Recensies - De geheimen van Barslet Anjet Daanje
Here there are backslides, multiple dovetails and then each episode (for the most part) pushes things forward. So that the number is similar, as well as the character-based approach to the narrative. In terms of the aesthetics of the frame and the edit there are obvious differences.
Oddly enough, Tarr’s long-take ballet of the camera, even with a necessary intermission, at its seven-plus hour length is a cumulative, more cinema-friendly experience. When I first viewed it I had it on VHS and watched it on four consecutive nights. When I acquired it on DVD I watched in one day and the experience, though harder to schedule was more complete and moving. The secrets of Barslet not just with its mysteries but with its addictive nature is perfectly realized as a television show. You finish a chapter and you immediately want to proceed and are forced to wait until you can see the next one.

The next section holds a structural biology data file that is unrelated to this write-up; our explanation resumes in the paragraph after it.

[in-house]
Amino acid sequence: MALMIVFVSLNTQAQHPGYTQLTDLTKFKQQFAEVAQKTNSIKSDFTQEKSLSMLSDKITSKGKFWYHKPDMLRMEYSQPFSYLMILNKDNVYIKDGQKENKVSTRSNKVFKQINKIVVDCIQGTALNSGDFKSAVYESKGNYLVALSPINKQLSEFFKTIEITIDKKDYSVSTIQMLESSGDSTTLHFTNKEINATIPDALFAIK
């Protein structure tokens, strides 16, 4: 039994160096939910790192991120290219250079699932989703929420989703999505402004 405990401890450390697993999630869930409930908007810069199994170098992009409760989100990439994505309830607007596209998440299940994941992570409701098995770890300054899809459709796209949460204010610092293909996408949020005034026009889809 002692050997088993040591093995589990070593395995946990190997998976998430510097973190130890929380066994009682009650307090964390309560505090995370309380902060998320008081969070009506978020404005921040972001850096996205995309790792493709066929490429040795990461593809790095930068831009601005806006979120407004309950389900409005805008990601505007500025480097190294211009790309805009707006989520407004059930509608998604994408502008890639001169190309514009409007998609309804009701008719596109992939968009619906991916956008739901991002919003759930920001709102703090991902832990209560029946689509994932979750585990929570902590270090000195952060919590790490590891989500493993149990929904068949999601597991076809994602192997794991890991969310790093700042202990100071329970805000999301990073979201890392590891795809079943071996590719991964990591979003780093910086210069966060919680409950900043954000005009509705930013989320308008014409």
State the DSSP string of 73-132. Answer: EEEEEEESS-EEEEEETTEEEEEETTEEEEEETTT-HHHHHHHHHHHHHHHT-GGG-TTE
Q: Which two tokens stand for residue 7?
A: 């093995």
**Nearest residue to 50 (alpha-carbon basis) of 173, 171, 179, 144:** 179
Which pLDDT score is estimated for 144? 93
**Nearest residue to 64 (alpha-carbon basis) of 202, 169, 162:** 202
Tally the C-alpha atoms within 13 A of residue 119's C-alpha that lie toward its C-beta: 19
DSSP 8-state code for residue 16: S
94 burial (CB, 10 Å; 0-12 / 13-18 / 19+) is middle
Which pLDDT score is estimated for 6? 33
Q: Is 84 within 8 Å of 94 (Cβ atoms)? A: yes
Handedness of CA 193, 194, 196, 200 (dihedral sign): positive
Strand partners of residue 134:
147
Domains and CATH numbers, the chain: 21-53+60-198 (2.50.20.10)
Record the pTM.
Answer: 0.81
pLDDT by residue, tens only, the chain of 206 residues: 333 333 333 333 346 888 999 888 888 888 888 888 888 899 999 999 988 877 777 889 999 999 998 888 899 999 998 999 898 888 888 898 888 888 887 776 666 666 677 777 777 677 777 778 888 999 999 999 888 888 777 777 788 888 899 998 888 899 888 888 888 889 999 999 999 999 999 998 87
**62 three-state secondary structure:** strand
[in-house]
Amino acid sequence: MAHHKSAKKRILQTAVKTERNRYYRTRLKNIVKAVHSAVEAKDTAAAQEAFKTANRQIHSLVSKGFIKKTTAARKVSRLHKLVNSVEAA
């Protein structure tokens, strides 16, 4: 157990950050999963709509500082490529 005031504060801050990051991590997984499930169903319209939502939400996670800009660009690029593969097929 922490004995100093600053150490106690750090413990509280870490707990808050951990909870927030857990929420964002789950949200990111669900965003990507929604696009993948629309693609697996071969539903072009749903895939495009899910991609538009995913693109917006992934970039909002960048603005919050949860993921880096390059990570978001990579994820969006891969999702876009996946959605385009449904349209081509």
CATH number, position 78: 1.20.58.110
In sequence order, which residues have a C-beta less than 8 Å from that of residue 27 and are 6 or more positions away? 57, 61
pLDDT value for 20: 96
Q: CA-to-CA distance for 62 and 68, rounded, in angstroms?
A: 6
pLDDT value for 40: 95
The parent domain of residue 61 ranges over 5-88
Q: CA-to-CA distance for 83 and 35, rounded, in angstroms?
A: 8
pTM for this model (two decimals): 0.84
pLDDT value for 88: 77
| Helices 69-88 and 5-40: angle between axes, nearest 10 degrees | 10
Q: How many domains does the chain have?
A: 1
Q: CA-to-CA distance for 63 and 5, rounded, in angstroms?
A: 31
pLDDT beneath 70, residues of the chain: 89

Another similarity it has with Satantango is that there are some small mysteries this show feels no need to explain furthermore, its not interested in the
banal histrionics of having everyone understand everything in the end. True to its format of limited omniscience it allows the viewer to see the whole truth while the characters remain fairly myopic. The secrets of Barslet is the epitome of a modern cinematic television series, not just because of its aesthetic, or the way it cuts but because of its narrative sophistication.

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